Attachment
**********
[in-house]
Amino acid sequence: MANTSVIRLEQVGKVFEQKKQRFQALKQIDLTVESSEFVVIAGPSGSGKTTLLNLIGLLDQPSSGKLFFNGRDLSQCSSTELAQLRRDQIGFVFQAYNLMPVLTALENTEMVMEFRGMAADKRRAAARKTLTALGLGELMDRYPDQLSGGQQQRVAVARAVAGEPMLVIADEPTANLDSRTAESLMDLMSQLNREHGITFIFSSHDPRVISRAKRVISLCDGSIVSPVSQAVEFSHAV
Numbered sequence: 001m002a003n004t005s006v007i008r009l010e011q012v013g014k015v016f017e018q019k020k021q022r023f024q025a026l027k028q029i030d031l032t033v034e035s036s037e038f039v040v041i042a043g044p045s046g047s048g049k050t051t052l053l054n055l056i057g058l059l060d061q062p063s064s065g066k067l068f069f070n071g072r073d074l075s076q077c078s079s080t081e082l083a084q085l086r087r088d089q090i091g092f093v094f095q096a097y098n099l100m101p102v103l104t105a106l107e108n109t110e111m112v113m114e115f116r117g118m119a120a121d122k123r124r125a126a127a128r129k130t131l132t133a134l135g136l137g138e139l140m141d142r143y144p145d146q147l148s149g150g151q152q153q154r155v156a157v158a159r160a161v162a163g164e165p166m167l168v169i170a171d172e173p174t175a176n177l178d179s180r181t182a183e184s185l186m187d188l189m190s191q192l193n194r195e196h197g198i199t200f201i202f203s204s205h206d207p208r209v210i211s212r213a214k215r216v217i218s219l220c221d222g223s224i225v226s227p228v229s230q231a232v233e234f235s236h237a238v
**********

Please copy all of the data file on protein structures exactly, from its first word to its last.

[in-house]
Amino acid sequence: MANTSVIRLEQVGKVFEQKKQRFQALKQIDLTVESSEFVVIAGPSGSGKTTLLNLIGLLDQPSSGKLFFNGRDLSQCSSTELAQLRRDQIGFVFQAYNLMPVLTALENTEMVMEFRGMAADKRRAAARKTLTALGLGELMDRYPDQLSGGQQQRVAVARAVAGEPMLVIADEPTANLDSRTAESLMDLMSQLNREHGITFIFSSHDPRVISRAKRVISLCDGSIVSPVSQAVEFSHAV
Numbered sequence: 001m002a003n004t005s006v007i008r009l010e011q012v013g014k015v016f017e018q019k020k021q022r023f024q025a026l027k028q029i030d031l032t033v034e035s036s037e038f039v040v041i042a043g044p045s046g047s048g049k050t051t052l053l054n055l056i057g058l059l060d061q062p063s064s065g066k067l068f069f070n071g072r073d074l075s076q077c078s079s080t081e082l083a084q085l086r087r088d089q090i091g092f093v094f095q096a097y098n099l100m101p102v103l104t105a106l107e108n109t110e111m112v113m114e115f116r117g118m119a120a121d122k123r124r125a126a127a128r129k130t131l132t133a134l135g136l137g138e139l140m141d142r143y144p145d146q147l148s149g150g151q152q153q154r155v156a157v158a159r160a161v162a163g164e165p166m167l168v169i170a171d172e173p174t175a176n177l178d179s180r181t182a183e184s185l186m187d188l189m190s191q192l193n194r195e196h197g198i199t200f201i202f203s204s205h206d207p208r209v210i211s212r213a214k215r216v217i218s219l220c221d222g223s224i225v226s227p228v229s230q231a232v233e234f235s236h237a238v